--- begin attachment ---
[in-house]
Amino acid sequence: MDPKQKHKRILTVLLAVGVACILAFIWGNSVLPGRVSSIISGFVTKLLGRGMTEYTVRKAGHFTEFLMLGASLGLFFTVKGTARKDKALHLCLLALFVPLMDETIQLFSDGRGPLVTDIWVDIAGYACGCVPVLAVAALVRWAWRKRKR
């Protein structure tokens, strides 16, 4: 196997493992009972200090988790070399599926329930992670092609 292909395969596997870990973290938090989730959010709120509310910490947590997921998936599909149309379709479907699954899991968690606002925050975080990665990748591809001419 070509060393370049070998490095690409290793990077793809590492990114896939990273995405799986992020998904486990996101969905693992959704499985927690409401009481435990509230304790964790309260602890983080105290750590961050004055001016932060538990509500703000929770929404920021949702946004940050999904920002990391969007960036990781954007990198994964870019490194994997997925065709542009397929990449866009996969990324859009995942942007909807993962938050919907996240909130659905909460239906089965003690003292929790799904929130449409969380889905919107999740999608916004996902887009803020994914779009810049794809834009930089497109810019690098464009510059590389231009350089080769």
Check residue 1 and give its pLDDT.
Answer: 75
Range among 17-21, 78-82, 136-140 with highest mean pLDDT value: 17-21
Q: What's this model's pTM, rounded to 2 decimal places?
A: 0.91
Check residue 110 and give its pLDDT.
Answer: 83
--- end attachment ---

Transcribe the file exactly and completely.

[in-house]
Amino acid sequence: MDPKQKHKRILTVLLAVGVACILAFIWGNSVLPGRVSSIISGFVTKLLGRGMTEYTVRKAGHFTEFLMLGASLGLFFTVKGTARKDKALHLCLLALFVPLMDETIQLFSDGRGPLVTDIWVDIAGYACGCVPVLAVAALVRWAWRKRKR
């Protein structure tokens, strides 16, 4: 196997493992009972200090988790070399599926329930992670092609 292909395969596997870990973290938090989730959010709120509310910490947590997921998936599909149309379709479907699954899991968690606002925050975080990665990748591809001419 070509060393370049070998490095690409290793990077793809590492990114896939990273995405799986992020998904486990996101969905693992959704499985927690409401009481435990509230304790964790309260602890983080105290750590961050004055001016932060538990509500703000929770929404920021949702946004940050999904920002990391969007960036990781954007990198994964870019490194994997997925065709542009397929990449866009996969990324859009995942942007909807993962938050919907996240909130659905909460239906089965003690003292929790799904929130449409969380889905919107999740999608916004996902887009803020994914779009810049794809834009930089497109810019690098464009510059590389231009350089080769």
Check residue 1 and give its pLDDT.
Answer: 75
Range among 17-21, 78-82, 136-140 with highest mean pLDDT value: 17-21
Q: What's this model's pTM, rounded to 2 decimal places?
A: 0.91
Check residue 110 and give its pLDDT.
Answer: 83